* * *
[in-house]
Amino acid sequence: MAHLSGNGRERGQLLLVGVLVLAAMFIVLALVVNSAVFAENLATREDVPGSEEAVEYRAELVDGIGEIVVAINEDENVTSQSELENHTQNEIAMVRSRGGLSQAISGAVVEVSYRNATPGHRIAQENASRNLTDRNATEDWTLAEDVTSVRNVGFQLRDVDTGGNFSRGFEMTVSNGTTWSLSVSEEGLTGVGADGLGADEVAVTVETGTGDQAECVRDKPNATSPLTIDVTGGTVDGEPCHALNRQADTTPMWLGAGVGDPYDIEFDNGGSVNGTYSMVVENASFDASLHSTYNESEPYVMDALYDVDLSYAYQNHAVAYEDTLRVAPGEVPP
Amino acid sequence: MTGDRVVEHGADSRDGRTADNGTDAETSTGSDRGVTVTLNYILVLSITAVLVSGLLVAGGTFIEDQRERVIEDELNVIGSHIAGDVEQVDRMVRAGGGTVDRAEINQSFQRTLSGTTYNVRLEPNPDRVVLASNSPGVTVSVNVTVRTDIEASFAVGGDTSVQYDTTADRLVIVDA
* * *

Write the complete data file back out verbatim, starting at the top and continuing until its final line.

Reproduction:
[in-house]
Amino acid sequence: MAHLSGNGRERGQLLLVGVLVLAAMFIVLALVVNSAVFAENLATREDVPGSEEAVEYRAELVDGIGEIVVAINEDENVTSQSELENHTQNEIAMVRSRGGLSQAISGAVVEVSYRNATPGHRIAQENASRNLTDRNATEDWTLAEDVTSVRNVGFQLRDVDTGGNFSRGFEMTVSNGTTWSLSVSEEGLTGVGADGLGADEVAVTVETGTGDQAECVRDKPNATSPLTIDVTGGTVDGEPCHALNRQADTTPMWLGAGVGDPYDIEFDNGGSVNGTYSMVVENASFDASLHSTYNESEPYVMDALYDVDLSYAYQNHAVAYEDTLRVAPGEVPP
Amino acid sequence: MTGDRVVEHGADSRDGRTADNGTDAETSTGSDRGVTVTLNYILVLSITAVLVSGLLVAGGTFIEDQRERVIEDELNVIGSHIAGDVEQVDRMVRAGGGTVDRAEINQSFQRTLSGTTYNVRLEPNPDRVVLASNSPGVTVSVNVTVRTDIEASFAVGGDTSVQYDTTADRLVIVDA